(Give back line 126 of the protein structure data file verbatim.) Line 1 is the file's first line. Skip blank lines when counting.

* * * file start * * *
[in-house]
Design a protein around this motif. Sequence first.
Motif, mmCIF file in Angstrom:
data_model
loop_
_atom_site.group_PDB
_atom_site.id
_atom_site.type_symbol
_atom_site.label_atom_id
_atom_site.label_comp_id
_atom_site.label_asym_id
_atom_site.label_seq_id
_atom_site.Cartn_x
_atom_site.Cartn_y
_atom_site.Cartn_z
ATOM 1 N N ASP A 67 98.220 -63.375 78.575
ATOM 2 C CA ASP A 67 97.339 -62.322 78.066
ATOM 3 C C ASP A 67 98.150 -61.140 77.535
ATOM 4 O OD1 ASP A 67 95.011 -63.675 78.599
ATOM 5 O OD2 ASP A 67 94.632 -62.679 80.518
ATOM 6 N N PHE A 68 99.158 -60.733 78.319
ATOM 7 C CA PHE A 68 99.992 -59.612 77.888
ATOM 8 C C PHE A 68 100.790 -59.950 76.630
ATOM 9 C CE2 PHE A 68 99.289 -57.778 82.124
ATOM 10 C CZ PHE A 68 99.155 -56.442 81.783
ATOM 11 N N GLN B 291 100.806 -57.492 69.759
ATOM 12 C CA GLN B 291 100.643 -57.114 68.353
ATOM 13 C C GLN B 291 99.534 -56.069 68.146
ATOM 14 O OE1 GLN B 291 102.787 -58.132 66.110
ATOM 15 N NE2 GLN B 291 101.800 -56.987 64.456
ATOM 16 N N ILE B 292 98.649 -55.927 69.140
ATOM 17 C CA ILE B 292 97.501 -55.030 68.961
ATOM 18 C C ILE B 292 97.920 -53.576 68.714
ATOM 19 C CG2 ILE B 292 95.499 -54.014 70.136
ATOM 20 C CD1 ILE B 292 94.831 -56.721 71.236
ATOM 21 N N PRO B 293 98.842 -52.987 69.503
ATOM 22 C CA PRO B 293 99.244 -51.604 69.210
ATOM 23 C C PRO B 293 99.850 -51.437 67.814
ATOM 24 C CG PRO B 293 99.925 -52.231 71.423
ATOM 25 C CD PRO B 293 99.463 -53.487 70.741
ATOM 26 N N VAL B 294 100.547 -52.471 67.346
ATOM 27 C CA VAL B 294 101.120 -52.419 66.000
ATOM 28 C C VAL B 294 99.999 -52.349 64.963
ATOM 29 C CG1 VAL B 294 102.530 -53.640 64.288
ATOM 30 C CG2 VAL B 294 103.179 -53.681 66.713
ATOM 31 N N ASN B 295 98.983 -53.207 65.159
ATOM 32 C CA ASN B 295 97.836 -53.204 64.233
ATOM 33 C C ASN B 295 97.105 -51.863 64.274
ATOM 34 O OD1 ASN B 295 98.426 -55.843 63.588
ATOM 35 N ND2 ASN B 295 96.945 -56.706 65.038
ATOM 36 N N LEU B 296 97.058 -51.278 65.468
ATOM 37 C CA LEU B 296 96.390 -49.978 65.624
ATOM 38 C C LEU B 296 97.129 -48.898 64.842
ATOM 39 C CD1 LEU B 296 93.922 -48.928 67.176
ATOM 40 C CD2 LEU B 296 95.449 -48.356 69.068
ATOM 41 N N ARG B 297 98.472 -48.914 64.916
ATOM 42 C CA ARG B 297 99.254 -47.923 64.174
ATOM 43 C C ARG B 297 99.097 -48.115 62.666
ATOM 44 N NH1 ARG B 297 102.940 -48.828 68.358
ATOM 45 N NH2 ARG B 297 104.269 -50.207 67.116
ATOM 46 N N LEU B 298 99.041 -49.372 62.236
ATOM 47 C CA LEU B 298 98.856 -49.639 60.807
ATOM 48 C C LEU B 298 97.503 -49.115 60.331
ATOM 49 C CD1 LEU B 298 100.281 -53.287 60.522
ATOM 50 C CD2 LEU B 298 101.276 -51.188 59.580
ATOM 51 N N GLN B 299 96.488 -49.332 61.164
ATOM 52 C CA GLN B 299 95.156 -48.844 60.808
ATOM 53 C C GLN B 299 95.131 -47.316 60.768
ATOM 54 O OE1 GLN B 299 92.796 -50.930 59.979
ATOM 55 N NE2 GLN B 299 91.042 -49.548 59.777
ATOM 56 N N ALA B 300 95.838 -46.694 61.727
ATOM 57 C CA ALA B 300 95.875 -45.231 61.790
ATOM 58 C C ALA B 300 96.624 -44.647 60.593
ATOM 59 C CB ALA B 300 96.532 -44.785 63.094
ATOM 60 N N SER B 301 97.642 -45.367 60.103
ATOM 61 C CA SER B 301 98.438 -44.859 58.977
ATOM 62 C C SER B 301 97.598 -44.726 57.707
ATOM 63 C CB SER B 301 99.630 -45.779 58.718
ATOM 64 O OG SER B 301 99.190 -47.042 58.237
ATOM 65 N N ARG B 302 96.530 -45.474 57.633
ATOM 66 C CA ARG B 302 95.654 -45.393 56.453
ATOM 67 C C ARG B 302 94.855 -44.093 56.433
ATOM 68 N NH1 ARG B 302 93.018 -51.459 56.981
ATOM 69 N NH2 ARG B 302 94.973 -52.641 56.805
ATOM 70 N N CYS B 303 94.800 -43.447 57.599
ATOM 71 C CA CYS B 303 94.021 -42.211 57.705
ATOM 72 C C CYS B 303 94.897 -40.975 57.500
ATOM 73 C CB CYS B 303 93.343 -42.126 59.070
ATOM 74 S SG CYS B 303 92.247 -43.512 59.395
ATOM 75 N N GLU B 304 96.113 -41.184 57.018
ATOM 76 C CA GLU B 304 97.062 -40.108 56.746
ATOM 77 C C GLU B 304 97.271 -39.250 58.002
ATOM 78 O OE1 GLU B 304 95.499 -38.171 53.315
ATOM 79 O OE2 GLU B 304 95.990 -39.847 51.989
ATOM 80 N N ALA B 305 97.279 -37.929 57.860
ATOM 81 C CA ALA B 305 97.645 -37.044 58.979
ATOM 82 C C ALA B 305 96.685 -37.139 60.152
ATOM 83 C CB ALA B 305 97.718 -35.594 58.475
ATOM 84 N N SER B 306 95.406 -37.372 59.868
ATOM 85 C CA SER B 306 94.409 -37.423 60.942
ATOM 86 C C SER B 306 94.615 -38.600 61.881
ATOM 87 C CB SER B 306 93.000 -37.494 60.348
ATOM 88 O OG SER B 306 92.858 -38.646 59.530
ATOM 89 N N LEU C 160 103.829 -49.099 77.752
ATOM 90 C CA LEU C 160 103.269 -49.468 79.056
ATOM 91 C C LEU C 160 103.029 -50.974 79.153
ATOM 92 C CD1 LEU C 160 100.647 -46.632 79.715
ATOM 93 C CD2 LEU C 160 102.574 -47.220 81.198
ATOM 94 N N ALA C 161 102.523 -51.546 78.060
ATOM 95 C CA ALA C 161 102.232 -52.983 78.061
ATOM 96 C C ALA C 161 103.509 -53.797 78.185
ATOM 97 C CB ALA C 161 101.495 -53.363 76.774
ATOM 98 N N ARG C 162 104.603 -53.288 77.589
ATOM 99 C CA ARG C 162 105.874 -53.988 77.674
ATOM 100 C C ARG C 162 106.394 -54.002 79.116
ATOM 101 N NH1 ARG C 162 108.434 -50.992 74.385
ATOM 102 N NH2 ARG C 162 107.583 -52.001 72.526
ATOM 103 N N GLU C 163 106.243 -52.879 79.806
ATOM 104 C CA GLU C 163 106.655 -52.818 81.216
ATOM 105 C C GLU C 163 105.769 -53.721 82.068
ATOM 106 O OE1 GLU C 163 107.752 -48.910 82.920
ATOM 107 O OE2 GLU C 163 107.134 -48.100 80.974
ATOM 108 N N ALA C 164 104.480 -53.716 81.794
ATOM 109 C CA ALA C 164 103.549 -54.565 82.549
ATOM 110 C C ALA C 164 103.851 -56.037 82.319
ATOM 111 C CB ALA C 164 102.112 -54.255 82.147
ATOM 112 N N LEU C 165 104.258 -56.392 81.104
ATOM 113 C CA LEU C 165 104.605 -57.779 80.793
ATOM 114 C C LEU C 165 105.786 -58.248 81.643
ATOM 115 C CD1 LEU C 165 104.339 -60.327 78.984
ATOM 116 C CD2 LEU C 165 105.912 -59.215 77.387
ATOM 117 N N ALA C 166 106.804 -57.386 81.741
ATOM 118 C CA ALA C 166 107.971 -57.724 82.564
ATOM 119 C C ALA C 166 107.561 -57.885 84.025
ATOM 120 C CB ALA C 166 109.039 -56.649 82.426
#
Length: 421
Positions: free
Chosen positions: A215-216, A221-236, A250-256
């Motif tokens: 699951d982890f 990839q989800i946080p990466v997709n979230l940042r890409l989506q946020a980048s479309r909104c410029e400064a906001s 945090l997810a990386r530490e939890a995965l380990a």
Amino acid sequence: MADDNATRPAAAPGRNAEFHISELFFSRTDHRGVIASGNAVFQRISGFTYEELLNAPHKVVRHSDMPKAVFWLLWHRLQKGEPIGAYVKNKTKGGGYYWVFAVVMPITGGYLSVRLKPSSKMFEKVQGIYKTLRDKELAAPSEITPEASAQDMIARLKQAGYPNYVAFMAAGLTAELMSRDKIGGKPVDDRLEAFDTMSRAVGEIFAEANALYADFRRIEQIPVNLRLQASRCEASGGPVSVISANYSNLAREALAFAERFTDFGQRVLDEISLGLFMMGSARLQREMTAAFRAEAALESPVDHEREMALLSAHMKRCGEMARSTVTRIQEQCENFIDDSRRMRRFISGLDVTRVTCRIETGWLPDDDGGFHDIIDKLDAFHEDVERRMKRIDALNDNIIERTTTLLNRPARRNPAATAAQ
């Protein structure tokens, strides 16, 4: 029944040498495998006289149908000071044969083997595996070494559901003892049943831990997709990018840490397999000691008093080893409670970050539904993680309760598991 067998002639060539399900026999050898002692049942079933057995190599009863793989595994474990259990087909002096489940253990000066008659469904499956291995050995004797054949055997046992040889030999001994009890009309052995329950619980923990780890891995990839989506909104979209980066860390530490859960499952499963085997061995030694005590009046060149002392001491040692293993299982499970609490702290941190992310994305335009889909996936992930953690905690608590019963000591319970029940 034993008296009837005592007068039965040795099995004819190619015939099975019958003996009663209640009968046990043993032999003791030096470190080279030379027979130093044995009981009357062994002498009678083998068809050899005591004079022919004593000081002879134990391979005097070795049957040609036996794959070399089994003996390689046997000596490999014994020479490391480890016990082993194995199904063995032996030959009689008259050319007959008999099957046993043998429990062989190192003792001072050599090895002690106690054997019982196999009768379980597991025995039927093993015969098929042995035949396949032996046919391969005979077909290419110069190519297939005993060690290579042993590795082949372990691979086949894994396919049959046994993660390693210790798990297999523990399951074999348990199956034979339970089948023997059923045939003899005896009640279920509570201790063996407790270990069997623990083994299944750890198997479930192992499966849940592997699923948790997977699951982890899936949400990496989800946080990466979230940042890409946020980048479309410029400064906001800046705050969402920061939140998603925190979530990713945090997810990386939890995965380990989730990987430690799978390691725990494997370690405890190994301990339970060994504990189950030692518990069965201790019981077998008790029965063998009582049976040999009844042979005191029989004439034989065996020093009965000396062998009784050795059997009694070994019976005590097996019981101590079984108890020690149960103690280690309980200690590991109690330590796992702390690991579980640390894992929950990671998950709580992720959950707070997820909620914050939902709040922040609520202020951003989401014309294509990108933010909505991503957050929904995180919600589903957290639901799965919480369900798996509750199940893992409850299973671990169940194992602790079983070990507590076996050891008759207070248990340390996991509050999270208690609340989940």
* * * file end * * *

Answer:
ATOM 111 C CB ALA C 164 102.112 -54.255 82.147